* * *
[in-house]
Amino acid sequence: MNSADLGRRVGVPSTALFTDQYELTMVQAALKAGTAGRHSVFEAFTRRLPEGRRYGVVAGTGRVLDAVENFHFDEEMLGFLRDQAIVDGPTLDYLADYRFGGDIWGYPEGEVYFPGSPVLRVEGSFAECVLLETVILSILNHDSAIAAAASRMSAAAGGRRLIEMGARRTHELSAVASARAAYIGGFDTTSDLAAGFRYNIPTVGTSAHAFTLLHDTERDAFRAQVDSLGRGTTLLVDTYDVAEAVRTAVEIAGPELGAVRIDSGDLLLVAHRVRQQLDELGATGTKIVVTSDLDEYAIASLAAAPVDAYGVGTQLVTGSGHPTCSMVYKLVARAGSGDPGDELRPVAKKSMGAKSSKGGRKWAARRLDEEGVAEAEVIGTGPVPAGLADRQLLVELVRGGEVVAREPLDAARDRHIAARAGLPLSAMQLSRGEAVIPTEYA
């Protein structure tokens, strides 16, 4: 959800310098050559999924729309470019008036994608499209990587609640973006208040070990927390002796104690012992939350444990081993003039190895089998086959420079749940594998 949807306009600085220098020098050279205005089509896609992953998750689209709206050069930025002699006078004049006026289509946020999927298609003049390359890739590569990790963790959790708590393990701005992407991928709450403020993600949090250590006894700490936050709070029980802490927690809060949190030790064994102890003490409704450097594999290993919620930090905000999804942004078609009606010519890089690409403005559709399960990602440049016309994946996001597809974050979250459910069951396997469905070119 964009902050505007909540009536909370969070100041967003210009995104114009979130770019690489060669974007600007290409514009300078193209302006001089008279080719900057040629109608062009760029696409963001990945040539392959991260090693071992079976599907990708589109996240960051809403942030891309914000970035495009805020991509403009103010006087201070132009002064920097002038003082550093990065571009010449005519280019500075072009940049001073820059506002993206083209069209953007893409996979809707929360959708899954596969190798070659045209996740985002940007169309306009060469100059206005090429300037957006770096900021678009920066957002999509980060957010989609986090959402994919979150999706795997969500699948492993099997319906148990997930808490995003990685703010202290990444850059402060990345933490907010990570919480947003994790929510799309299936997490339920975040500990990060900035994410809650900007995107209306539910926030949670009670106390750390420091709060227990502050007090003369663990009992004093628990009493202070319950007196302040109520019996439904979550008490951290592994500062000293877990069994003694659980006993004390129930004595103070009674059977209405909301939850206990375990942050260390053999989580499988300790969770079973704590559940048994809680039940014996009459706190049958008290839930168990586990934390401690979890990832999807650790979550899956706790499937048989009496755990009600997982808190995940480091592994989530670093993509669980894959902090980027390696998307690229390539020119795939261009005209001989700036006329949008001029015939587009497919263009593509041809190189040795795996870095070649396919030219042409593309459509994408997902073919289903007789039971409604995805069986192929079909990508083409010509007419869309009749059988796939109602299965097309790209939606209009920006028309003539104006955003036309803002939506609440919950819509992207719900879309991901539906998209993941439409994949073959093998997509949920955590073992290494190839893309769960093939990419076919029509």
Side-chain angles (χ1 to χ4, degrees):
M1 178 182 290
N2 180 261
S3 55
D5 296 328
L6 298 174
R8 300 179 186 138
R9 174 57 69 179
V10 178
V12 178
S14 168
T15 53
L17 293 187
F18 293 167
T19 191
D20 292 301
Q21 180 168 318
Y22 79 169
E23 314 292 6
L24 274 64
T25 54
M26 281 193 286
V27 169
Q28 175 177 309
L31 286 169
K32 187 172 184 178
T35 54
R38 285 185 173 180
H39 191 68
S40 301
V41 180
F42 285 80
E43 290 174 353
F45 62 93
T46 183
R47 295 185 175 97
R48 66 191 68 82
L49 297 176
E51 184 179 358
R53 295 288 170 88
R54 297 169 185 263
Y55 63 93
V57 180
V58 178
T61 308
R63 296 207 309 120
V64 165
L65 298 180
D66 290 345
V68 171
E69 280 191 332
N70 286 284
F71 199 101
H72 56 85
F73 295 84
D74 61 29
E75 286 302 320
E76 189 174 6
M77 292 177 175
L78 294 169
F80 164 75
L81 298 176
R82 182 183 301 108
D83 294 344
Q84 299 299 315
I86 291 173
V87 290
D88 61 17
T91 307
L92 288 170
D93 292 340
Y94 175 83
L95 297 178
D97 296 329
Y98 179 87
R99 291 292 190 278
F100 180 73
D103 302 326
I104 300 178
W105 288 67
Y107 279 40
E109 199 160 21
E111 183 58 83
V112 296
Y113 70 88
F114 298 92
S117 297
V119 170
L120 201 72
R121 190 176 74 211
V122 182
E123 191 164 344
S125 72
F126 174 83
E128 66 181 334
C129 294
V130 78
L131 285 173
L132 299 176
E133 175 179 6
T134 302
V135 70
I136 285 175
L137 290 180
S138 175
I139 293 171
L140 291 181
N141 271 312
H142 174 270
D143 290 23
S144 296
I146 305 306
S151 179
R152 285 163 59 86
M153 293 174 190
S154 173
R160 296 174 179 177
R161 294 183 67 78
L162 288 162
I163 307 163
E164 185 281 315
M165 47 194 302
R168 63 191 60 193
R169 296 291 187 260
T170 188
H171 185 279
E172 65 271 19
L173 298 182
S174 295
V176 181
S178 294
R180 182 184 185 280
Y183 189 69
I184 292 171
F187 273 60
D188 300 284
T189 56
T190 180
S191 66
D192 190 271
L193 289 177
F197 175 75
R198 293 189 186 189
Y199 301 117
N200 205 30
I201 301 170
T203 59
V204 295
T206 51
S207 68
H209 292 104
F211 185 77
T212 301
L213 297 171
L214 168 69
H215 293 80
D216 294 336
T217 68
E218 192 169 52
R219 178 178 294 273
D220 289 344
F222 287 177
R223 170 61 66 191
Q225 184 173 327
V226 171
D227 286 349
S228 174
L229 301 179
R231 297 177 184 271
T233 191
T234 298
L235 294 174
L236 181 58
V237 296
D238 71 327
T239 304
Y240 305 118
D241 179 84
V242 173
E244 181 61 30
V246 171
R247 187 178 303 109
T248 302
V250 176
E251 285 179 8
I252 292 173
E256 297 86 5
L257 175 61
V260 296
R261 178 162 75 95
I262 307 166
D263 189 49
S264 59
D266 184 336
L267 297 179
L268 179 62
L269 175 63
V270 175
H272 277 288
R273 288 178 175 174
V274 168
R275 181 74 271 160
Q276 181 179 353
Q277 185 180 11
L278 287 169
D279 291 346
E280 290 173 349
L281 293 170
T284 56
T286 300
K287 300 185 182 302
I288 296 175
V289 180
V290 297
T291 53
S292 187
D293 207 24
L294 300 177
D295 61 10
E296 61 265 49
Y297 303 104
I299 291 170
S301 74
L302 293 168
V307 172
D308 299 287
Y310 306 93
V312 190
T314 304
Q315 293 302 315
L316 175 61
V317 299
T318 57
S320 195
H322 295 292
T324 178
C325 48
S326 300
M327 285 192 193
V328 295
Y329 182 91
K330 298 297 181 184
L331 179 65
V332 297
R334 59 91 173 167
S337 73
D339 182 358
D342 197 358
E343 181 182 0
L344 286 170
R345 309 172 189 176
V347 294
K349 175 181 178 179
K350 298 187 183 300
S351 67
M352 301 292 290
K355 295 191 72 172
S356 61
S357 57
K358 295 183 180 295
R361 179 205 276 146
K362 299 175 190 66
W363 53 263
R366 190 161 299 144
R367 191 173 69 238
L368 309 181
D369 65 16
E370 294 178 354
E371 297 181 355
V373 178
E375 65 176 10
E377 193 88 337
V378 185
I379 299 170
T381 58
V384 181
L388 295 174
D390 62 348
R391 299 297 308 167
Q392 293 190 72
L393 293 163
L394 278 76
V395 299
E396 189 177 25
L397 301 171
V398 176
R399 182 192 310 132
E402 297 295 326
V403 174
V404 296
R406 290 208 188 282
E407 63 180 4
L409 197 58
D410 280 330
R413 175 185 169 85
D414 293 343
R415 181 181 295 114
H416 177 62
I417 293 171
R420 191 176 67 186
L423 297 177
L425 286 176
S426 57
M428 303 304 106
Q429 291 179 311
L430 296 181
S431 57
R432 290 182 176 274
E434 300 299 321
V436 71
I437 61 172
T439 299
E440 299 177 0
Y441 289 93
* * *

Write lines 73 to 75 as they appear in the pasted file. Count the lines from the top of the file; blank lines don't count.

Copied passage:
L92 288 170
D93 292 340
Y94 175 83